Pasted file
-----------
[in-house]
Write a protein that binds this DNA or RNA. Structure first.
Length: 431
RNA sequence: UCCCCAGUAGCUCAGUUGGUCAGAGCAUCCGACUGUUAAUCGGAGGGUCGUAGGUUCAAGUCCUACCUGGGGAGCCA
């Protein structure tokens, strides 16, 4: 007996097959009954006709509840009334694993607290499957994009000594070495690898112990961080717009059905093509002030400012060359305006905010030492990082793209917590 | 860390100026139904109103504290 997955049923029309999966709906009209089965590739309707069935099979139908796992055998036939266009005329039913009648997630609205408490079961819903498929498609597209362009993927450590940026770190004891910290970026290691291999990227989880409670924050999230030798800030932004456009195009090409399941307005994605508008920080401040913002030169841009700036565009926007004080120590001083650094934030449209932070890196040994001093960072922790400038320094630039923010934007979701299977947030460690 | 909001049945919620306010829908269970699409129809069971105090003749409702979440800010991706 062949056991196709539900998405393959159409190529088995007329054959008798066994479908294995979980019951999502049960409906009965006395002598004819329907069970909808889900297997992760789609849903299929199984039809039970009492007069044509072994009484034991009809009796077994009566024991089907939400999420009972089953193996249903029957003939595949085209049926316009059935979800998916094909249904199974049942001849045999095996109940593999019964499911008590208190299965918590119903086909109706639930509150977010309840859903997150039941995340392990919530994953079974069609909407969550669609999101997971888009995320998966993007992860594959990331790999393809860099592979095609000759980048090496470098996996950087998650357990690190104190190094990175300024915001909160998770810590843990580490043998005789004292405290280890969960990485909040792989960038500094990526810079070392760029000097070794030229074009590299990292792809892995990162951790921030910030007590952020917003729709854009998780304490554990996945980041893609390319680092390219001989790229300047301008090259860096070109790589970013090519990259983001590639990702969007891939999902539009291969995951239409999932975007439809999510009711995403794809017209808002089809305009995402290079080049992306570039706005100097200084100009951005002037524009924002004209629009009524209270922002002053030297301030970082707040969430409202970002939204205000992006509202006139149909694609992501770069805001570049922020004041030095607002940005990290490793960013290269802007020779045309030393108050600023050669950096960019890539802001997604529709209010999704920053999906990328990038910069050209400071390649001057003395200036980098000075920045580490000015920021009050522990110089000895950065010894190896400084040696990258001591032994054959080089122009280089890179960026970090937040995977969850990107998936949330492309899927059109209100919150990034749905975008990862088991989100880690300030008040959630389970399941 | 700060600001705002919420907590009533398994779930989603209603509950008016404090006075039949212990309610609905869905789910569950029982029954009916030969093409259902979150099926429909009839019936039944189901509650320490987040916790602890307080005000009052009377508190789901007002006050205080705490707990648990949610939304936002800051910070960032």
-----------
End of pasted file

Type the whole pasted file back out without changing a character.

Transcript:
[in-house]
Write a protein that binds this DNA or RNA. Structure first.
Length: 431
RNA sequence: UCCCCAGUAGCUCAGUUGGUCAGAGCAUCCGACUGUUAAUCGGAGGGUCGUAGGUUCAAGUCCUACCUGGGGAGCCA
């Protein structure tokens, strides 16, 4: 007996097959009954006709509840009334694993607290499957994009000594070495690898112990961080717009059905093509002030400012060359305006905010030492990082793209917590 | 860390100026139904109103504290 997955049923029309999966709906009209089965590739309707069935099979139908796992055998036939266009005329039913009648997630609205408490079961819903498929498609597209362009993927450590940026770190004891910290970026290691291999990227989880409670924050999230030798800030932004456009195009090409399941307005994605508008920080401040913002030169841009700036565009926007004080120590001083650094934030449209932070890196040994001093960072922790400038320094630039923010934007979701299977947030460690 | 909001049945919620306010829908269970699409129809069971105090003749409702979440800010991706 062949056991196709539900998405393959159409190529088995007329054959008798066994479908294995979980019951999502049960409906009965006395002598004819329907069970909808889900297997992760789609849903299929199984039809039970009492007069044509072994009484034991009809009796077994009566024991089907939400999420009972089953193996249903029957003939595949085209049926316009059935979800998916094909249904199974049942001849045999095996109940593999019964499911008590208190299965918590119903086909109706639930509150977010309840859903997150039941995340392990919530994953079974069609909407969550669609999101997971888009995320998966993007992860594959990331790999393809860099592979095609000759980048090496470098996996950087998650357990690190104190190094990175300024915001909160998770810590843990580490043998005789004292405290280890969960990485909040792989960038500094990526810079070392760029000097070794030229074009590299990292792809892995990162951790921030910030007590952020917003729709854009998780304490554990996945980041893609390319680092390219001989790229300047301008090259860096070109790589970013090519990259983001590639990702969007891939999902539009291969995951239409999932975007439809999510009711995403794809017209808002089809305009995402290079080049992306570039706005100097200084100009951005002037524009924002004209629009009524209270922002002053030297301030970082707040969430409202970002939204205000992006509202006139149909694609992501770069805001570049922020004041030095607002940005990290490793960013290269802007020779045309030393108050600023050669950096960019890539802001997604529709209010999704920053999906990328990038910069050209400071390649001057003395200036980098000075920045580490000015920021009050522990110089000895950065010894190896400084040696990258001591032994054959080089122009280089890179960026970090937040995977969850990107998936949330492309899927059109209100919150990034749905975008990862088991989100880690300030008040959630389970399941 | 700060600001705002919420907590009533398994779930989603209603509950008016404090006075039949212990309610609905869905789910569950029982029954009916030969093409259902979150099926429909009839019936039944189901509650320490987040916790602890307080005000009052009377508190789901007002006050205080705490707990648990949610939304936002800051910070960032």